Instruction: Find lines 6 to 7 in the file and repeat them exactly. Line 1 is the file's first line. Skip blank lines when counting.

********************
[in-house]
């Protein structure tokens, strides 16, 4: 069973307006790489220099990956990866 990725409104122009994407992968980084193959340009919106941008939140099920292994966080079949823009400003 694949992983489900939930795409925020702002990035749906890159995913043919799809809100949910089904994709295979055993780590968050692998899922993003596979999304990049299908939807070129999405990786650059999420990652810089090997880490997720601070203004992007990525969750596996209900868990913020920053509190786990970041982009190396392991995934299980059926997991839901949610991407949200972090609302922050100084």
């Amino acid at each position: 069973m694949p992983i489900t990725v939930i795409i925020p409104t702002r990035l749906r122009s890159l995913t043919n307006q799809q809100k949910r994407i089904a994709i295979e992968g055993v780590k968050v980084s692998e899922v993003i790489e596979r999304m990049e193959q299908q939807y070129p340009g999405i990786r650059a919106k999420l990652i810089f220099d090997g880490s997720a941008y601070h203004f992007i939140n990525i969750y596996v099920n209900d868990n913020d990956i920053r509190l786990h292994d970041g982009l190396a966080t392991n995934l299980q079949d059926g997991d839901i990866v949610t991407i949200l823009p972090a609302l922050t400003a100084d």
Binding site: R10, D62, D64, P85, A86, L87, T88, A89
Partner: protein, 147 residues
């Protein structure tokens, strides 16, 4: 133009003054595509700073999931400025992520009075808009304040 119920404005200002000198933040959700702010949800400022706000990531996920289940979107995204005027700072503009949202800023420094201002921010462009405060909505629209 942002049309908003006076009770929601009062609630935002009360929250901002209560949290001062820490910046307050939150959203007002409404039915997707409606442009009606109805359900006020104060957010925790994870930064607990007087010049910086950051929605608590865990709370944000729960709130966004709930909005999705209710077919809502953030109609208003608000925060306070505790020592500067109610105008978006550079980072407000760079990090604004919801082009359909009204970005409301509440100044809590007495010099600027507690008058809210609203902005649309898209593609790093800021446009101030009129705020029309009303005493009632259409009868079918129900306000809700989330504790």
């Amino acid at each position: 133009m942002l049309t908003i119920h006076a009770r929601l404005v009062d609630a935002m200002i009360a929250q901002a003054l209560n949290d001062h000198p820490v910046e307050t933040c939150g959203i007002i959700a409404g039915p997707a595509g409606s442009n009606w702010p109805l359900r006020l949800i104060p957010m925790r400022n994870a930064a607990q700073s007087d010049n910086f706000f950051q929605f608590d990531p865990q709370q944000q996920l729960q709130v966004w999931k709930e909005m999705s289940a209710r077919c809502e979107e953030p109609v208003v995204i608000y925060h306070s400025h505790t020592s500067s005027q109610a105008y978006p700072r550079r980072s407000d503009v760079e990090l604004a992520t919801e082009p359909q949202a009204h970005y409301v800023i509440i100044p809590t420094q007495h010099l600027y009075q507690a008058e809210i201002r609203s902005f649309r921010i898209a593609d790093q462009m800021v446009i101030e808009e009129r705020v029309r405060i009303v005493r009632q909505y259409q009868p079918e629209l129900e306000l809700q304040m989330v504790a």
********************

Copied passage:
């Protein structure tokens, strides 16, 4: 133009003054595509700073999931400025992520009075808009304040 119920404005200002000198933040959700702010949800400022706000990531996920289940979107995204005027700072503009949202800023420094201002921010462009405060909505629209 942002049309908003006076009770929601009062609630935002009360929250901002209560949290001062820490910046307050939150959203007002409404039915997707409606442009009606109805359900006020104060957010925790994870930064607990007087010049910086950051929605608590865990709370944000729960709130966004709930909005999705209710077919809502953030109609208003608000925060306070505790020592500067109610105008978006550079980072407000760079990090604004919801082009359909009204970005409301509440100044809590007495010099600027507690008058809210609203902005649309898209593609790093800021446009101030009129705020029309009303005493009632259409009868079918129900306000809700989330504790």
């Amino acid at each position: 133009m942002l049309t908003i119920h006076a009770r929601l404005v009062d609630a935002m200002i009360a929250q901002a003054l209560n949290d001062h000198p820490v910046e307050t933040c939150g959203i007002i959700a409404g039915p997707a595509g409606s442009n009606w702010p109805l359900r006020l949800i104060p957010m925790r400022n994870a930064a607990q700073s007087d010049n910086f706000f950051q929605f608590d990531p865990q709370q944000q996920l729960q709130v966004w999931k709930e909005m999705s289940a209710r077919c809502e979107e953030p109609v208003v995204i608000y925060h306070s400025h505790t020592s500067s005027q109610a105008y978006p700072r550079r980072s407000d503009v760079e990090l604004a992520t919801e082009p359909q949202a009204h970005y409301v800023i509440i100044p809590t420094q007495h010099l600027y009075q507690a008058e809210i201002r609203s902005f649309r921010i898209a593609d790093q462009m800021v446009i101030e808009e009129r705020v029309r405060i009303v005493r009632q909505y259409q009868p079918e629209l129900e306000l809700q304040m989330v504790a």